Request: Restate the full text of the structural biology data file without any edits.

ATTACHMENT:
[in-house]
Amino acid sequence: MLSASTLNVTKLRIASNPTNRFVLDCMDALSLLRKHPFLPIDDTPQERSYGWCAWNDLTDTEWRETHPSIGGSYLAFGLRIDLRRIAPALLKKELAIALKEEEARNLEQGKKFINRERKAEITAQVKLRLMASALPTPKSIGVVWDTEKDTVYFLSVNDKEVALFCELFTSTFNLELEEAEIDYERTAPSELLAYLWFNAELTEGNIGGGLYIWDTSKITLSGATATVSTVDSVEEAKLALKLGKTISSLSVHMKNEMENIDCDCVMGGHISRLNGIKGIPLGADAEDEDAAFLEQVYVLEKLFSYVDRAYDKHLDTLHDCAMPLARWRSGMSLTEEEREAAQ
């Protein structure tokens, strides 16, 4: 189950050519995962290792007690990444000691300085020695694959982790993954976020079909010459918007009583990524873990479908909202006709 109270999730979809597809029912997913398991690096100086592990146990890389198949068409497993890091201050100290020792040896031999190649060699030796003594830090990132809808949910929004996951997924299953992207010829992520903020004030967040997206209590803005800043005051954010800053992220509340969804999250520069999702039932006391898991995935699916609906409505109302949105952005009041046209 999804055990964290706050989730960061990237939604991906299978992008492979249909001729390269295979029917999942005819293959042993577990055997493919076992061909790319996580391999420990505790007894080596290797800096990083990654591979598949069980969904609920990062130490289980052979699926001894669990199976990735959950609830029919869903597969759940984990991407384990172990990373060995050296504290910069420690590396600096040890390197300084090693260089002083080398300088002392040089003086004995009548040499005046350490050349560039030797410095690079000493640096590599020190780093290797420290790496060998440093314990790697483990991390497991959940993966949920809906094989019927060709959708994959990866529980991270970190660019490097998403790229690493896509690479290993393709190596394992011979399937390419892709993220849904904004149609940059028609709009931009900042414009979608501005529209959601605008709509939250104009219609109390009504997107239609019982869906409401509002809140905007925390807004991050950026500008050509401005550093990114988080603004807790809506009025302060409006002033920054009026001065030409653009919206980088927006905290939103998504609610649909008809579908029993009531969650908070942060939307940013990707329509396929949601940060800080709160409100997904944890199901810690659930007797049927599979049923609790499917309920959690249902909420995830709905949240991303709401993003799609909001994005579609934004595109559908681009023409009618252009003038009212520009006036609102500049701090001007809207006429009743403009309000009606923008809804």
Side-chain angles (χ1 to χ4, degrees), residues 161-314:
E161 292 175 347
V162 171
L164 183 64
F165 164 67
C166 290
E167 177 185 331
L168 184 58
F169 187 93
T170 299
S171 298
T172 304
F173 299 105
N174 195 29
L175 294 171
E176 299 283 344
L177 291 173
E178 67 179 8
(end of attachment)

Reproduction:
[in-house]
Amino acid sequence: MLSASTLNVTKLRIASNPTNRFVLDCMDALSLLRKHPFLPIDDTPQERSYGWCAWNDLTDTEWRETHPSIGGSYLAFGLRIDLRRIAPALLKKELAIALKEEEARNLEQGKKFINRERKAEITAQVKLRLMASALPTPKSIGVVWDTEKDTVYFLSVNDKEVALFCELFTSTFNLELEEAEIDYERTAPSELLAYLWFNAELTEGNIGGGLYIWDTSKITLSGATATVSTVDSVEEAKLALKLGKTISSLSVHMKNEMENIDCDCVMGGHISRLNGIKGIPLGADAEDEDAAFLEQVYVLEKLFSYVDRAYDKHLDTLHDCAMPLARWRSGMSLTEEEREAAQ
């Protein structure tokens, strides 16, 4: 189950050519995962290792007690990444000691300085020695694959982790993954976020079909010459918007009583990524873990479908909202006709 109270999730979809597809029912997913398991690096100086592990146990890389198949068409497993890091201050100290020792040896031999190649060699030796003594830090990132809808949910929004996951997924299953992207010829992520903020004030967040997206209590803005800043005051954010800053992220509340969804999250520069999702039932006391898991995935699916609906409505109302949105952005009041046209 999804055990964290706050989730960061990237939604991906299978992008492979249909001729390269295979029917999942005819293959042993577990055997493919076992061909790319996580391999420990505790007894080596290797800096990083990654591979598949069980969904609920990062130490289980052979699926001894669990199976990735959950609830029919869903597969759940984990991407384990172990990373060995050296504290910069420690590396600096040890390197300084090693260089002083080398300088002392040089003086004995009548040499005046350490050349560039030797410095690079000493640096590599020190780093290797420290790496060998440093314990790697483990991390497991959940993966949920809906094989019927060709959708994959990866529980991270970190660019490097998403790229690493896509690479290993393709190596394992011979399937390419892709993220849904904004149609940059028609709009931009900042414009979608501005529209959601605008709509939250104009219609109390009504997107239609019982869906409401509002809140905007925390807004991050950026500008050509401005550093990114988080603004807790809506009025302060409006002033920054009026001065030409653009919206980088927006905290939103998504609610649909008809579908029993009531969650908070942060939307940013990707329509396929949601940060800080709160409100997904944890199901810690659930007797049927599979049923609790499917309920959690249902909420995830709905949240991303709401993003799609909001994005579609934004595109559908681009023409009618252009003038009212520009006036609102500049701090001007809207006429009743403009309000009606923008809804």
Side-chain angles (χ1 to χ4, degrees), residues 161-314:
E161 292 175 347
V162 171
L164 183 64
F165 164 67
C166 290
E167 177 185 331
L168 184 58
F169 187 93
T170 299
S171 298
T172 304
F173 299 105
N174 195 29
L175 294 171
E176 299 283 344
L177 291 173
E178 67 179 8